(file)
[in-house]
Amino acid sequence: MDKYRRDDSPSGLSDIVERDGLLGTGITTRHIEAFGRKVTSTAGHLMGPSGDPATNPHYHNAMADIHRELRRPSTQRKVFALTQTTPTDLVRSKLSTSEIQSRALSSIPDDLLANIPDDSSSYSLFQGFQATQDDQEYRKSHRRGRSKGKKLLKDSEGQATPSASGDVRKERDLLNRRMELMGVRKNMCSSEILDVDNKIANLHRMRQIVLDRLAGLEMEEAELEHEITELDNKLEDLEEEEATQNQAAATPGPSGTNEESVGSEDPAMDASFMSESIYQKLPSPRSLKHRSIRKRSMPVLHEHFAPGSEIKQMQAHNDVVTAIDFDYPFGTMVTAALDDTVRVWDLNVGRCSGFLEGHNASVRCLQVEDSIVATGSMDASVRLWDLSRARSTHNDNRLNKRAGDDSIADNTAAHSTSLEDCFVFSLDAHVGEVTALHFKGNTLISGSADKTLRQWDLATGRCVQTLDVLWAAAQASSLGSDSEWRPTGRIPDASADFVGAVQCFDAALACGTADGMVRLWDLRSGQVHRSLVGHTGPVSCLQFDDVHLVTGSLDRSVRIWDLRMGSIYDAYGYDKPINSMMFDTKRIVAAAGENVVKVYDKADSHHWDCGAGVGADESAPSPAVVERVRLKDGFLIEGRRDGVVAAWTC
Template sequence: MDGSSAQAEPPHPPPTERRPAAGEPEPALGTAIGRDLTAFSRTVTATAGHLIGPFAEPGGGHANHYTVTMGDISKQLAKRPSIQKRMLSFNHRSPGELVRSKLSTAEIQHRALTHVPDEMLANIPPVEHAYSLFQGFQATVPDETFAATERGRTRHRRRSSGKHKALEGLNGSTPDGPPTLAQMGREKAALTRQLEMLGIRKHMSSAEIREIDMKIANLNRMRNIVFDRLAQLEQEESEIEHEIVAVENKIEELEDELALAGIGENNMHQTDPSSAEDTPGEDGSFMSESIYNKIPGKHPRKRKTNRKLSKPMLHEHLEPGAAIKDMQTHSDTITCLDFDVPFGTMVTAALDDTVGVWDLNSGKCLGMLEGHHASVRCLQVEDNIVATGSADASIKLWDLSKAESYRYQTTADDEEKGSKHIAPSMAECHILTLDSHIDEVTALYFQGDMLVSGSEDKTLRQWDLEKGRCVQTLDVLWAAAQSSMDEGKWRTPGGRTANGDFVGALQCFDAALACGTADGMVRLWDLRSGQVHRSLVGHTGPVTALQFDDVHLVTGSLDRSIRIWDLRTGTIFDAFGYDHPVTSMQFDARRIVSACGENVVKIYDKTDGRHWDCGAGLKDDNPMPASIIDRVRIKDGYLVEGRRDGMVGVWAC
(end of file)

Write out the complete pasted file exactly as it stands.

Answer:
[in-house]
Amino acid sequence: MDKYRRDDSPSGLSDIVERDGLLGTGITTRHIEAFGRKVTSTAGHLMGPSGDPATNPHYHNAMADIHRELRRPSTQRKVFALTQTTPTDLVRSKLSTSEIQSRALSSIPDDLLANIPDDSSSYSLFQGFQATQDDQEYRKSHRRGRSKGKKLLKDSEGQATPSASGDVRKERDLLNRRMELMGVRKNMCSSEILDVDNKIANLHRMRQIVLDRLAGLEMEEAELEHEITELDNKLEDLEEEEATQNQAAATPGPSGTNEESVGSEDPAMDASFMSESIYQKLPSPRSLKHRSIRKRSMPVLHEHFAPGSEIKQMQAHNDVVTAIDFDYPFGTMVTAALDDTVRVWDLNVGRCSGFLEGHNASVRCLQVEDSIVATGSMDASVRLWDLSRARSTHNDNRLNKRAGDDSIADNTAAHSTSLEDCFVFSLDAHVGEVTALHFKGNTLISGSADKTLRQWDLATGRCVQTLDVLWAAAQASSLGSDSEWRPTGRIPDASADFVGAVQCFDAALACGTADGMVRLWDLRSGQVHRSLVGHTGPVSCLQFDDVHLVTGSLDRSVRIWDLRMGSIYDAYGYDKPINSMMFDTKRIVAAAGENVVKVYDKADSHHWDCGAGVGADESAPSPAVVERVRLKDGFLIEGRRDGVVAAWTC
Template sequence: MDGSSAQAEPPHPPPTERRPAAGEPEPALGTAIGRDLTAFSRTVTATAGHLIGPFAEPGGGHANHYTVTMGDISKQLAKRPSIQKRMLSFNHRSPGELVRSKLSTAEIQHRALTHVPDEMLANIPPVEHAYSLFQGFQATVPDETFAATERGRTRHRRRSSGKHKALEGLNGSTPDGPPTLAQMGREKAALTRQLEMLGIRKHMSSAEIREIDMKIANLNRMRNIVFDRLAQLEQEESEIEHEIVAVENKIEELEDELALAGIGENNMHQTDPSSAEDTPGEDGSFMSESIYNKIPGKHPRKRKTNRKLSKPMLHEHLEPGAAIKDMQTHSDTITCLDFDVPFGTMVTAALDDTVGVWDLNSGKCLGMLEGHHASVRCLQVEDNIVATGSADASIKLWDLSKAESYRYQTTADDEEKGSKHIAPSMAECHILTLDSHIDEVTALYFQGDMLVSGSEDKTLRQWDLEKGRCVQTLDVLWAAAQSSMDEGKWRTPGGRTANGDFVGALQCFDAALACGTADGMVRLWDLRSGQVHRSLVGHTGPVTALQFDDVHLVTGSLDRSIRIWDLRTGTIFDAFGYDHPVTSMQFDARRIVSACGENVVKIYDKTDGRHWDCGAGLKDDNPMPASIIDRVRIKDGYLVEGRRDGMVGVWAC